Once again, I find Bobby Jones had some excellent insights into putting; the part of the game that has been called "the game within a game." In Golf is my Game, Bobby wrote:
"Often--too often, I think--putting has been referred to as 'a game within a game', implying that in some way the putting stroke is, or should be, different from that employed in playing other golf shots. I do not think this is true, and I know it is anything but a useful conception for the learning golfer. Somehow it conveys the notion that on the putting green, at least, one should be able to reduce the simple physical act into a precise routine of infallible accuracy.
To make a completely honest confession, I have myself been the victim of this delusion, and can be thankful that it only arrived after my serious playing days were over, and so caused me merely a few temporarily painful experiences in the Masters Tournament.
It is remotely possible, I concede, that my jittery putting in Augusta may have been some early manifestation of the nerve affliction from which I am now suffering, or some alteration of my attitude towards tournament play because of my earlier withdrawal from competition. It is my own conviction that my putting troubles began when I started to struggle for a precision in my putting stroke which I would never have considered possible in any other department of the game.
The fact is that the direction of the stroke in putting is so much more important than the exact alignment of the face of the putter. Any well-made golf club will seat itself in an approximately correct position when it is rested on the turf behind the ball. The wiggling and twisting some players employ in an effort to make the alignment precise only serve to set up so much rigidity in the player that a smooth, rhythmic stroke becomes impossible. I think the very height of folly, or of imposition upon the credulous golfer, is represented by the spirit levels and sighting devices now being offered for sale as aids in putting.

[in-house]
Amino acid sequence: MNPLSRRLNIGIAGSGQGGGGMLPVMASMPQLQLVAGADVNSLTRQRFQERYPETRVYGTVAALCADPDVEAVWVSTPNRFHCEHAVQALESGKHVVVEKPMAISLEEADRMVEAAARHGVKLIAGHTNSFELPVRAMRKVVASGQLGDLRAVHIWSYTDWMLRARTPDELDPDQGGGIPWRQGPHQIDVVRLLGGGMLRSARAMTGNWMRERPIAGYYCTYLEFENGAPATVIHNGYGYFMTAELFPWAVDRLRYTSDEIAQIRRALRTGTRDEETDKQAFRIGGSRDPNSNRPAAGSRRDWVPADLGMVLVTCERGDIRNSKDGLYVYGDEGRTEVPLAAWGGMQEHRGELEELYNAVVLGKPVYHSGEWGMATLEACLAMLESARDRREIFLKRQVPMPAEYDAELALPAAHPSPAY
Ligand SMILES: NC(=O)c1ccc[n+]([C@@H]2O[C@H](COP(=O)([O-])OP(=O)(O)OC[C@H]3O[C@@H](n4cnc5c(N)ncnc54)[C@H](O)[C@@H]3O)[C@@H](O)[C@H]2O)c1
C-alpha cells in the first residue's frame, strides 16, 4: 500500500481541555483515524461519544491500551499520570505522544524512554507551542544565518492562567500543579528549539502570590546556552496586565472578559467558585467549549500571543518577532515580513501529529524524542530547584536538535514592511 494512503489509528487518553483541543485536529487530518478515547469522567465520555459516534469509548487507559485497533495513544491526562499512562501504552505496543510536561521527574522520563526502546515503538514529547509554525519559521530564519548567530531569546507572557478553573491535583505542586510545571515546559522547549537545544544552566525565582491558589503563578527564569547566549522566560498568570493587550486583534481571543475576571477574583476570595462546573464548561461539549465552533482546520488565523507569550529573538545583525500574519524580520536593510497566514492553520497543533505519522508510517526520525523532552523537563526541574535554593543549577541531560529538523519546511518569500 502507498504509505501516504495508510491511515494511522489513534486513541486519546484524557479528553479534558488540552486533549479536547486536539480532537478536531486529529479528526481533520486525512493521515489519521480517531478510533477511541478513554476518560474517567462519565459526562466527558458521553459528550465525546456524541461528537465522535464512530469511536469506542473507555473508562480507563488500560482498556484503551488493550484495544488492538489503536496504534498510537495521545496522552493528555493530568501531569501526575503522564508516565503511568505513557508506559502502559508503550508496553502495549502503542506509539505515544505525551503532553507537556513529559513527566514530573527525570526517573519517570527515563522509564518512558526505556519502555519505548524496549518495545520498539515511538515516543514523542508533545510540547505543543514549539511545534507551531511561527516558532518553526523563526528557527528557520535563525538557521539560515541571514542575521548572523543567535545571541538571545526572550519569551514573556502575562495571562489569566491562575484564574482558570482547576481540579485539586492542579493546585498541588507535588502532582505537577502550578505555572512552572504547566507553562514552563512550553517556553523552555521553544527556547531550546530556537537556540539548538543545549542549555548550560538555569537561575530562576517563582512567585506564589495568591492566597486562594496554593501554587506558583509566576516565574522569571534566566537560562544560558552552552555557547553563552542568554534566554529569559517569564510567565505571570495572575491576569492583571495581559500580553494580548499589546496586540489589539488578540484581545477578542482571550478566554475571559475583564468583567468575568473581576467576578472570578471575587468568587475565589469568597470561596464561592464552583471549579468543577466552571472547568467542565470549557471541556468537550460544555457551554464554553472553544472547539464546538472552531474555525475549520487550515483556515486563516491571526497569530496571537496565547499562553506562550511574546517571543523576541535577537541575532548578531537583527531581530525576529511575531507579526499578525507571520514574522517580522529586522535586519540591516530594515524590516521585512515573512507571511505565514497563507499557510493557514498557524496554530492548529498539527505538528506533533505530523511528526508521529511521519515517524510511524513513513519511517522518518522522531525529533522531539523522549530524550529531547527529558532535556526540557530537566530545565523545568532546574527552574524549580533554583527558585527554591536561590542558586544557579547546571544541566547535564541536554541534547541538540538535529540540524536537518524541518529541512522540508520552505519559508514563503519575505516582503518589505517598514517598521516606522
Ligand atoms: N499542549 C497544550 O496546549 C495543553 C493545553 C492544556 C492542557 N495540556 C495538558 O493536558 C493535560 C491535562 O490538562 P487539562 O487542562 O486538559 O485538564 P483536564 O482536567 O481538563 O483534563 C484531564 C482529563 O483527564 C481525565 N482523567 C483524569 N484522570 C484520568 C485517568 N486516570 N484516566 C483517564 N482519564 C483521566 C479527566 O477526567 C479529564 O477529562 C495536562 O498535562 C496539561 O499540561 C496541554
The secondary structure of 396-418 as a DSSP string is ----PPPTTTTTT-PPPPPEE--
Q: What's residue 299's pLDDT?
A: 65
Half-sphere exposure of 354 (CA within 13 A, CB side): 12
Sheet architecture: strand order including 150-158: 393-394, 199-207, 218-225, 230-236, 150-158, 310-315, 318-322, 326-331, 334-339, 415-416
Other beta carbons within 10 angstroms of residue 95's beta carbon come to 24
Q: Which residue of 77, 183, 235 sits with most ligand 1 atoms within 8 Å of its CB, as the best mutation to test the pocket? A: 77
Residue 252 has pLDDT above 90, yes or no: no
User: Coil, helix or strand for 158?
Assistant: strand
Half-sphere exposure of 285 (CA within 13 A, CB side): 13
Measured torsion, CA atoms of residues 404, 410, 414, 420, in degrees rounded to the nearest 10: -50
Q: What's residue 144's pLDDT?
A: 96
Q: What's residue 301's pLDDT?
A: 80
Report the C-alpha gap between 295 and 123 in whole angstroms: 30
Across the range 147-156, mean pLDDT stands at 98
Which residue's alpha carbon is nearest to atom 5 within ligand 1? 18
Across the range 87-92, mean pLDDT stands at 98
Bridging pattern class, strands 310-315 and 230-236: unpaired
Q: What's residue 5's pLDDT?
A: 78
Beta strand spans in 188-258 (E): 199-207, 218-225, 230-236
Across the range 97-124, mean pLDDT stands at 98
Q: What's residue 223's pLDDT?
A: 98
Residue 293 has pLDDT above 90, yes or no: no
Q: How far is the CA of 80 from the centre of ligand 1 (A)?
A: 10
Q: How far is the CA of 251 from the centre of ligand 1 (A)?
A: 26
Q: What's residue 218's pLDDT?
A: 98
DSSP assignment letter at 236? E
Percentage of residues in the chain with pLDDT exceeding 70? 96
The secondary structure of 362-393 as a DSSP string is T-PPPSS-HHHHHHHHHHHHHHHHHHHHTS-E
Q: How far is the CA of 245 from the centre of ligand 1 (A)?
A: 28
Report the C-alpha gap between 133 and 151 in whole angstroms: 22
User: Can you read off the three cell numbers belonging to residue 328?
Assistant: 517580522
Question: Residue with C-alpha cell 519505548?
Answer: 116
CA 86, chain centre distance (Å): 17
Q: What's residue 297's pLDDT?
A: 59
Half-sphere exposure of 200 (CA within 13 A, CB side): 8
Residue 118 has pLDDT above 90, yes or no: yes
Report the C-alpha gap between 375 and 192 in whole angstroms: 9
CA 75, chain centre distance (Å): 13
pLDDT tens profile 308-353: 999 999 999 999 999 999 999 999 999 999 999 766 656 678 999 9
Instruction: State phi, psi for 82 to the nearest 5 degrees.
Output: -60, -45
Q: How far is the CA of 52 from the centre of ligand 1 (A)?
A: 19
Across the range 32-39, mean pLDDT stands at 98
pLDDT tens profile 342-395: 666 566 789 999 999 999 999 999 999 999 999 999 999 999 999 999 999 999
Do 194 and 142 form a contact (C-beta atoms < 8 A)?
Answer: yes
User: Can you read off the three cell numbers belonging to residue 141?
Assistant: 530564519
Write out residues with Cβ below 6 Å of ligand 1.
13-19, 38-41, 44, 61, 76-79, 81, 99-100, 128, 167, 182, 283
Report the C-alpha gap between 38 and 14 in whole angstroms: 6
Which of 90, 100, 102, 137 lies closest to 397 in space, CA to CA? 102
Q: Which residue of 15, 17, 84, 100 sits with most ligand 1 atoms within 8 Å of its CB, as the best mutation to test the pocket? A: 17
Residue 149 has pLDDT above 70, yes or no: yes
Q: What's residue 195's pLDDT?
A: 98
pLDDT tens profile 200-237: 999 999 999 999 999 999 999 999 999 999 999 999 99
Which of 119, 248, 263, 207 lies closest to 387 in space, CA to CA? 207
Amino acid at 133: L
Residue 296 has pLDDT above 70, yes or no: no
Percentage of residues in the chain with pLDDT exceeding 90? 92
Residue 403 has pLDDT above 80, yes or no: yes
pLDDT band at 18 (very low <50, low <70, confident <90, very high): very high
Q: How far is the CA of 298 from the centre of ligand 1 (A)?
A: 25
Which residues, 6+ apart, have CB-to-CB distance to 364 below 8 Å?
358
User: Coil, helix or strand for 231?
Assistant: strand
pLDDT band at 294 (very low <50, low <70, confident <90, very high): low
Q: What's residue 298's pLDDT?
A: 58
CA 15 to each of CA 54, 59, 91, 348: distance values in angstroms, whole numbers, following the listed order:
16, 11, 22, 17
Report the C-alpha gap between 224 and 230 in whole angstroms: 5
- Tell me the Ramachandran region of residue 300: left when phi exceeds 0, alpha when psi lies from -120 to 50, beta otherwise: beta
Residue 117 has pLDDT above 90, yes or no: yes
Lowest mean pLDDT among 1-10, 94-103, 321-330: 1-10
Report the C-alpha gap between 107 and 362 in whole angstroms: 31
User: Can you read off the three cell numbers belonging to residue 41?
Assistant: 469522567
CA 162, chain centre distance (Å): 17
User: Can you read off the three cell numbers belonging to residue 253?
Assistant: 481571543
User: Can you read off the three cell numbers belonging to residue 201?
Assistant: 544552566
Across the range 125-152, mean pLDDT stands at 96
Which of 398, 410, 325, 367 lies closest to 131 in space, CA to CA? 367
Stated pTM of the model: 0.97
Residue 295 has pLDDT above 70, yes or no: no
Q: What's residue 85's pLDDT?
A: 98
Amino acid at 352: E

The putting stroke should be thought of as just another golf stroke, except that it ought to be the simplest. The same requirements are to be met here as in driving from the tee. The posture at address should be comfortable and relaxed, the swing should move freely back and forth beneath a stationary head, and the blow should be directed along the line upon which it is intended that the ball should begin its travel.
I regard the putting stroke as so truly a miniature golf stroke that I think it is a mistake to try to exclude any members of the body from participation in the action. In other words, I do not believe in trying to hinge the stroke upon either wrist, or in trying to restrict the movement to any sort of fixed base. Naturally, the shortest putt requires only the gentlest tap, actuated only by the hands; a putt slightly longer may require that the arms should swing a bit; and the long approach putt may need a stroke long enough to induce a little movement in the hips and legs.
In putting, and in chipping too, it is important that the backswing should be long enough. Nothing can be worse around the greens than a short, snatching stroke. I have had some real masters of the short game tell me, and I heartily agree, that it is most helpful to swing back a little farther than needed on the first few chips or putts of any round. In this way they can be certain of a smoothly-floating club so necessary for a delicate touch."